International Stock Markets Recap

David Spurr
updated | Author's Website

These are the top 10 performing stock markets last week (above). I found a link that provides some spectacular and well organized information on World Markets. It’s worth checking it out when you have a minute.



The Chinese stock market (above chart) has put in a very nice move during the first two months of the year. On 12/31/08, the Shanghai SE Composite (SSC) was at 1820.805. On Friday it closed at 2261.47. That’s a move of 24% in almost two months. This was done while the US markets and most other world markets have been in a state of decline. The question to ask as we move forward in this financial crisis: Is China Immune? Time will tell.



Last year there was lots of talk about “decoupling”. This theory suggested that for years the US markets have been the leaders. When the US economy slowed, so did the rest of the world. So far this year most of the other foreign markets have suffered fates similar to the US markets. The charts above, comparing US GDP growth and China’s GDP growth, suggest that the decoupling theory may not be relevant.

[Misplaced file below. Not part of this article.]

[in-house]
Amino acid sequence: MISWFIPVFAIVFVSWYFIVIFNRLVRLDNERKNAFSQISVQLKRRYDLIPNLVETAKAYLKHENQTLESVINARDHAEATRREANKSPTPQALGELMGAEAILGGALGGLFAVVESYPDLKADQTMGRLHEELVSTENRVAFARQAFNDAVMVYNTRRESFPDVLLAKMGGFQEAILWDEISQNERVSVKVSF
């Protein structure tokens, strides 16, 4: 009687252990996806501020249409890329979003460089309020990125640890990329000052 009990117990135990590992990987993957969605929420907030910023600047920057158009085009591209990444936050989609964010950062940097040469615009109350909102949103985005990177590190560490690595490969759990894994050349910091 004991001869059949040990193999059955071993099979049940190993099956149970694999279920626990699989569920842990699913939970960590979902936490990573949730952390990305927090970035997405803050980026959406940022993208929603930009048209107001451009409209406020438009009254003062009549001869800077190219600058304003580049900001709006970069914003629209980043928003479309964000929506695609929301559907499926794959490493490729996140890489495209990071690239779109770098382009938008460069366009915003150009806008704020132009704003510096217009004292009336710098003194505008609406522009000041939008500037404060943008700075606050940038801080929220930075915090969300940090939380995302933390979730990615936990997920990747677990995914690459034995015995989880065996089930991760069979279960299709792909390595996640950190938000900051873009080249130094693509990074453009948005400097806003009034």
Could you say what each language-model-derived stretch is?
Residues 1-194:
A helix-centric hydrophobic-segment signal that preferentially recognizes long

The chart above is the German DAX (^GDAXI). Germany is the largest Eurozone Economy. You can see that on Friday it was testing its lows. The low in the DAX for 2008 was made on 10/24/08 at 4014.60. On Friday 2/20/09, the DAX closed at its lows – 4014.66 – barely above its 20008 lows. If the DAX breaks lower, then you can most likely expect a lower EURO and continued weakness in the German economy.

The Japanese Nikkei (^N225) (above) made new 2009 lows on Friday. It appears in a downtrend and would seem to want to go to retest 2008 lows also.

South Korea’s Kospi (^KS11) (above) – broke out of a wedge formation and headed lower. Last week it broke beneath the 50d EMA, so trend continues to be negative.

Conclusion: Most markets are not immune to this world financial crisis.

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